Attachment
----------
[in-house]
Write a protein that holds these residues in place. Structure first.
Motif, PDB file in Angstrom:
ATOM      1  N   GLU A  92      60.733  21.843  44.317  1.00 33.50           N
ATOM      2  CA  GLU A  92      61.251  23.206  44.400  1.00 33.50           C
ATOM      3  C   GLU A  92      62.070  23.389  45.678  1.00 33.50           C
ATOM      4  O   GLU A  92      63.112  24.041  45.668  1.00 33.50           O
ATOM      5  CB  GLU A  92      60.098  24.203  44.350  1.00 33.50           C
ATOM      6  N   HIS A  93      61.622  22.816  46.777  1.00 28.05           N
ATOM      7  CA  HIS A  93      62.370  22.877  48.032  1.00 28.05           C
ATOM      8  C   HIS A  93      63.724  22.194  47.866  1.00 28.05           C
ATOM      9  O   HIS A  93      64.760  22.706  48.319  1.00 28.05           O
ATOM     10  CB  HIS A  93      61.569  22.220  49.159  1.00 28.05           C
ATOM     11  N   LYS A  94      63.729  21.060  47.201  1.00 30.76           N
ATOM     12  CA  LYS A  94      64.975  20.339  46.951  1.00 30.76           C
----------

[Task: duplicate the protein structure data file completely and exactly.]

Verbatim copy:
[in-house]
Write a protein that holds these residues in place. Structure first.
Motif, PDB file in Angstrom:
ATOM      1  N   GLU A  92      60.733  21.843  44.317  1.00 33.50           N
ATOM      2  CA  GLU A  92      61.251  23.206  44.400  1.00 33.50           C
ATOM      3  C   GLU A  92      62.070  23.389  45.678  1.00 33.50           C
ATOM      4  O   GLU A  92      63.112  24.041  45.668  1.00 33.50           O
ATOM      5  CB  GLU A  92      60.098  24.203  44.350  1.00 33.50           C
ATOM      6  N   HIS A  93      61.622  22.816  46.777  1.00 28.05           N
ATOM      7  CA  HIS A  93      62.370  22.877  48.032  1.00 28.05           C
ATOM      8  C   HIS A  93      63.724  22.194  47.866  1.00 28.05           C
ATOM      9  O   HIS A  93      64.760  22.706  48.319  1.00 28.05           O
ATOM     10  CB  HIS A  93      61.569  22.220  49.159  1.00 28.05           C
ATOM     11  N   LYS A  94      63.729  21.060  47.201  1.00 30.76           N
ATOM     12  CA  LYS A  94      64.975  20.339  46.951  1.00 30.76           C